For his performance in the defense of Virginia, La Fayette received public recognition from Washington, who called him "hero of two worlds". He continued fighting until the end of the war, and in 1782 he finally returned to France, where he was appointed field marshal by Luis XVI. He would return twice to United States: during the first, in 1784, was named an honorary citizen of the several States of the Union; during the second (1824-1825) received the official homage of Congress granted him a pension of two hundred thousand dollars and a huge piece of U.S. soil.

La Fayette and the French Revolution

His years in America strengthened its Republican and liberal convictions and served as a springboard to launch a political career in France that was predicted promising. He joined the Assembly of Notables which called for the reform of the absolute monarchy in 1787. He soon became the chief spokesman of the Liberal nobility, at the time he advocated religious tolerance and the abolition of the slave trade. In may 1789 he participated in the States-General as a representative of the nobility arm.

During the early revolutionary days supported the requests of the third estate, and spearheaded the minority faction of the nobility who joined this June 25, 1789, giving rise to the formation of the National Assembly. July 11 a draft declaration of the rights of man and of the citizen, based on the American constitutional declaration presented to this House. After numerous amendments, the Declaration was adopted on 27 August 1789.

On July 15, a day after the storming of the Bastille, La Fayette was elected commander of the National Guard, formed from the revolutionary militias. In an attempt to keep away from the bodies of power to the radical lynchings, that he distrusted much or more than the royalists, La Fayette is only admitted in the ranks of the guard elements of the bourgeoisie owns. This made it possible that the National Guard be used against the radical sans-Culottes when they threatened to escape the control of the bourgeoisie and the nobility revolutionary. In the Assembly, La Fayette joined the faction feuillant, formed by moderate members supporters of the establishment of a constitutional monarchy. On 6 October 1789 his troops protected the Kings of the enraged crowd that assaulted the Palacio of Versailles.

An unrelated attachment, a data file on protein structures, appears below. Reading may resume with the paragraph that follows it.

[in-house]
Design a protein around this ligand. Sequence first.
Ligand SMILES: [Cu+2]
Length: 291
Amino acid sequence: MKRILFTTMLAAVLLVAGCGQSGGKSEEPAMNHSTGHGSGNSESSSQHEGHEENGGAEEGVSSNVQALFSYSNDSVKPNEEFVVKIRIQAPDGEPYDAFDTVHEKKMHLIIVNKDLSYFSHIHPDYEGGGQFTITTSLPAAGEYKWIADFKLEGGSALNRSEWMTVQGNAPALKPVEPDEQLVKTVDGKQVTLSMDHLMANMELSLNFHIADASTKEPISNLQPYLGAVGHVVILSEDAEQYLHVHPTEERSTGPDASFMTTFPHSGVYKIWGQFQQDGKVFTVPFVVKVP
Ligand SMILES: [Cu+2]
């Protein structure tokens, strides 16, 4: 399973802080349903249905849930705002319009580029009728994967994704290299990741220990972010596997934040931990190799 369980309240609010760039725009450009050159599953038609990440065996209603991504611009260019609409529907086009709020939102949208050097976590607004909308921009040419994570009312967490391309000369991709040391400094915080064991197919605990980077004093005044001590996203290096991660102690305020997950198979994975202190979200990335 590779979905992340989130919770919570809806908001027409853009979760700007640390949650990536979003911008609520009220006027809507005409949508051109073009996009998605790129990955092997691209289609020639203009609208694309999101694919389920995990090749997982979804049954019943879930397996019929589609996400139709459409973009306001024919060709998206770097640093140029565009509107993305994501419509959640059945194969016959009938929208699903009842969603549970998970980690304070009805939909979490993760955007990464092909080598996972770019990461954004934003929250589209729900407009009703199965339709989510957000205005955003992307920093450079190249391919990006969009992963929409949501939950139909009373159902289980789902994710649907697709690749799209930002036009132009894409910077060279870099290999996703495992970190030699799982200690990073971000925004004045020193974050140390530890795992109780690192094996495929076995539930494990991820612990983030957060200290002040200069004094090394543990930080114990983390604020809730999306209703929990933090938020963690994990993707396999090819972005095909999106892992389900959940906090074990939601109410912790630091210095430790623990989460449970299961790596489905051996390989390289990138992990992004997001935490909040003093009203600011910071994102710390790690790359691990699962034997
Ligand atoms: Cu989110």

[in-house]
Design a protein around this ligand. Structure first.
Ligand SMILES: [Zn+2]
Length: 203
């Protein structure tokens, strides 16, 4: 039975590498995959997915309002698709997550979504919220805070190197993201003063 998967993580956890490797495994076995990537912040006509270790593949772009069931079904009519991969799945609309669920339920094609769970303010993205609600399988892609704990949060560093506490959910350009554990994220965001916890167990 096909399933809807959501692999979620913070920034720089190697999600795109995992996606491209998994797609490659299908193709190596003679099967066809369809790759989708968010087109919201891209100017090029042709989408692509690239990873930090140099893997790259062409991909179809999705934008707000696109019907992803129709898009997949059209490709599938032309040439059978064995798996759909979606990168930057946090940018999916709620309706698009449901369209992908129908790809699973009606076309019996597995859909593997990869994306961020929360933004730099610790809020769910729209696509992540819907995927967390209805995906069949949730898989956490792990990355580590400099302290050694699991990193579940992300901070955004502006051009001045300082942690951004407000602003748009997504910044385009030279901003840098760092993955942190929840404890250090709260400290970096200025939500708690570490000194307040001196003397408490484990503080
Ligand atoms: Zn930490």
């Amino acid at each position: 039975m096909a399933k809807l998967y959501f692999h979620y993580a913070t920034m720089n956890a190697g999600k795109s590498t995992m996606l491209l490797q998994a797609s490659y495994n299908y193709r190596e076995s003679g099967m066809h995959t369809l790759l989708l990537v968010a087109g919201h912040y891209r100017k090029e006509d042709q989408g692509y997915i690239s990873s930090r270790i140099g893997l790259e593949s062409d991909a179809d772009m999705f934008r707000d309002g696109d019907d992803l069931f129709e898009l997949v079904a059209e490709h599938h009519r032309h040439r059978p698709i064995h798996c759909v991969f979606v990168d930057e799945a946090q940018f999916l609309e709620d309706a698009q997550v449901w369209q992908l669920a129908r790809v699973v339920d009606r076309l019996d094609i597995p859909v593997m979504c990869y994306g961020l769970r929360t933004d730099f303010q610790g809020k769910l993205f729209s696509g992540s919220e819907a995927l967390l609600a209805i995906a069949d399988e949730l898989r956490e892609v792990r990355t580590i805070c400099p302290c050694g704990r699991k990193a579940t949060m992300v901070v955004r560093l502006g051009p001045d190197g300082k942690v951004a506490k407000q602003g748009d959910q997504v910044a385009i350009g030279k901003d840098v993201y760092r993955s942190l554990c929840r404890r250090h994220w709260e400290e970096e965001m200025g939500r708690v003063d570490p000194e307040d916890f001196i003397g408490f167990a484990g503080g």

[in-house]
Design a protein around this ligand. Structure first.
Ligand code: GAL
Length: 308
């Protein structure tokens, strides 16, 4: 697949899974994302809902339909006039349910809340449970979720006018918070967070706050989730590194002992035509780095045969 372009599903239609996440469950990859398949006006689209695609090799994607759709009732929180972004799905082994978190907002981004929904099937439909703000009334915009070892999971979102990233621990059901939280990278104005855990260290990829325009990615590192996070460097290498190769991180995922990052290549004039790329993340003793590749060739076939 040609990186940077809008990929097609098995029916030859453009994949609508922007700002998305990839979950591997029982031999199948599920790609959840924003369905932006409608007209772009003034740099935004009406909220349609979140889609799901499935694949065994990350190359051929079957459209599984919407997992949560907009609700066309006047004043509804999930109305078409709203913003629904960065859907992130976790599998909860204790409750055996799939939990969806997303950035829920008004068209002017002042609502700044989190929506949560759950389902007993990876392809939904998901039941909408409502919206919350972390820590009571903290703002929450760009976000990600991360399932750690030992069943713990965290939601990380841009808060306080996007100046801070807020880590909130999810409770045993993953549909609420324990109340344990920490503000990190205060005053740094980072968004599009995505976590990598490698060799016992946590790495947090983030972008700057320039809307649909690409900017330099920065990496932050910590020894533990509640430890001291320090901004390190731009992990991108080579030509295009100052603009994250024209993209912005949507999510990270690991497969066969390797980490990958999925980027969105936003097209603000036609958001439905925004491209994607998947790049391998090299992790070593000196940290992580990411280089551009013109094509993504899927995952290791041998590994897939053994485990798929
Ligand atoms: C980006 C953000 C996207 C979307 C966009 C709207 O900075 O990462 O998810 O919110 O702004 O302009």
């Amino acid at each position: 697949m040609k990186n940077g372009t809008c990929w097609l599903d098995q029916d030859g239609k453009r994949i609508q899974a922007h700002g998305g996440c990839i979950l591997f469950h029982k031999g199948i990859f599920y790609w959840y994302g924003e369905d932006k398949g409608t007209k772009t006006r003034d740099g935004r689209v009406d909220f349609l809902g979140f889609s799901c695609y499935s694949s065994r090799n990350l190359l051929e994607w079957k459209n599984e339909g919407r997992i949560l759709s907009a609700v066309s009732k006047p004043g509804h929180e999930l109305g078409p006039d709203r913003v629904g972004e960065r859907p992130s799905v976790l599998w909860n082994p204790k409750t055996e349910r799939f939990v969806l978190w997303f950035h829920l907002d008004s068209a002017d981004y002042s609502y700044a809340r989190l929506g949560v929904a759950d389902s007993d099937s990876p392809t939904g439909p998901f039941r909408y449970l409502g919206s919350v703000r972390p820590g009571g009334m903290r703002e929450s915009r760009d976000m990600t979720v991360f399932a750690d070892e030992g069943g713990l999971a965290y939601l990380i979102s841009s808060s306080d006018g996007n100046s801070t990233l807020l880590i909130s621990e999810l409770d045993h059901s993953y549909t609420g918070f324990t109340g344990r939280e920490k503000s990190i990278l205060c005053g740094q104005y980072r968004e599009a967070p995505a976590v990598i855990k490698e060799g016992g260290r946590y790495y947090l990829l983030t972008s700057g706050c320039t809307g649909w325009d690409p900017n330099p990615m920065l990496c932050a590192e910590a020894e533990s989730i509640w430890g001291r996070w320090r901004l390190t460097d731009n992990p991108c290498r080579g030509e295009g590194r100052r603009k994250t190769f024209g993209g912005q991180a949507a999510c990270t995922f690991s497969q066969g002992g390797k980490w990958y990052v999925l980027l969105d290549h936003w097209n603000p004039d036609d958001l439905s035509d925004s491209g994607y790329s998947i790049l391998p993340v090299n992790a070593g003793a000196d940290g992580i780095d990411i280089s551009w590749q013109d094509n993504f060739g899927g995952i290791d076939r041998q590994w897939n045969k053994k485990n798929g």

In 1790, La Fayette reached the apex of his political influence. It supported the measures which transferred the power of the nobility to the rich bourgeoisie. However, he feared that democratizing radicalization to jeopardize the right of ownership of the economically privileged. On July 17, 1791 he ordered the National Guard open fire on a crowd that gathered in the Champ de Mars, he demanded the abdication of Luis XVI. They were killed or injured around fifty people. This fact not only ended his old popularity, but it also made him declared enemy of the radical Jacobin and sans-Culottes. In October, the pressure on the Assembly forced him to submit his resignation as Commander of the National Guard.